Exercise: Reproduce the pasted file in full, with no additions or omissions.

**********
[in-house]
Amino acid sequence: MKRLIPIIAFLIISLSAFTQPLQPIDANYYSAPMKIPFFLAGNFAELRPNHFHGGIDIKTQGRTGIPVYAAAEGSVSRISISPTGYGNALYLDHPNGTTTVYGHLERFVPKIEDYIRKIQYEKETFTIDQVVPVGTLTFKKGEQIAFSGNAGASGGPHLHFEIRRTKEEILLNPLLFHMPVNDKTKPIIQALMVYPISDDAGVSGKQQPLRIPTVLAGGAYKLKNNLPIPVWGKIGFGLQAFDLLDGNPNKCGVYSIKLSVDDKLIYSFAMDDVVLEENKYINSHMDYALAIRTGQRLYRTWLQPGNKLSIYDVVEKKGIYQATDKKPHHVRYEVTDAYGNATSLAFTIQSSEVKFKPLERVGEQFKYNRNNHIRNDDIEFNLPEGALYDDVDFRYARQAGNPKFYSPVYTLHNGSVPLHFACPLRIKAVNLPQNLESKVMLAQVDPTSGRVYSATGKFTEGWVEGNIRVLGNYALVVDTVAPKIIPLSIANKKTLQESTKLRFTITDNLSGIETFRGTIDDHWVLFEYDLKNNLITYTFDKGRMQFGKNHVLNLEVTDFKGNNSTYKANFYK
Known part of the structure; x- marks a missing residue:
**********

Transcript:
[in-house]
Amino acid sequence: MKRLIPIIAFLIISLSAFTQPLQPIDANYYSAPMKIPFFLAGNFAELRPNHFHGGIDIKTQGRTGIPVYAAAEGSVSRISISPTGYGNALYLDHPNGTTTVYGHLERFVPKIEDYIRKIQYEKETFTIDQVVPVGTLTFKKGEQIAFSGNAGASGGPHLHFEIRRTKEEILLNPLLFHMPVNDKTKPIIQALMVYPISDDAGVSGKQQPLRIPTVLAGGAYKLKNNLPIPVWGKIGFGLQAFDLLDGNPNKCGVYSIKLSVDDKLIYSFAMDDVVLEENKYINSHMDYALAIRTGQRLYRTWLQPGNKLSIYDVVEKKGIYQATDKKPHHVRYEVTDAYGNATSLAFTIQSSEVKFKPLERVGEQFKYNRNNHIRNDDIEFNLPEGALYDDVDFRYARQAGNPKFYSPVYTLHNGSVPLHFACPLRIKAVNLPQNLESKVMLAQVDPTSGRVYSATGKFTEGWVEGNIRVLGNYALVVDTVAPKIIPLSIANKKTLQESTKLRFTITDNLSGIETFRGTIDDHWVLFEYDLKNNLITYTFDKGRMQFGKNHVLNLEVTDFKGNNSTYKANFYK
Known part of the structure; x- marks a missing residue: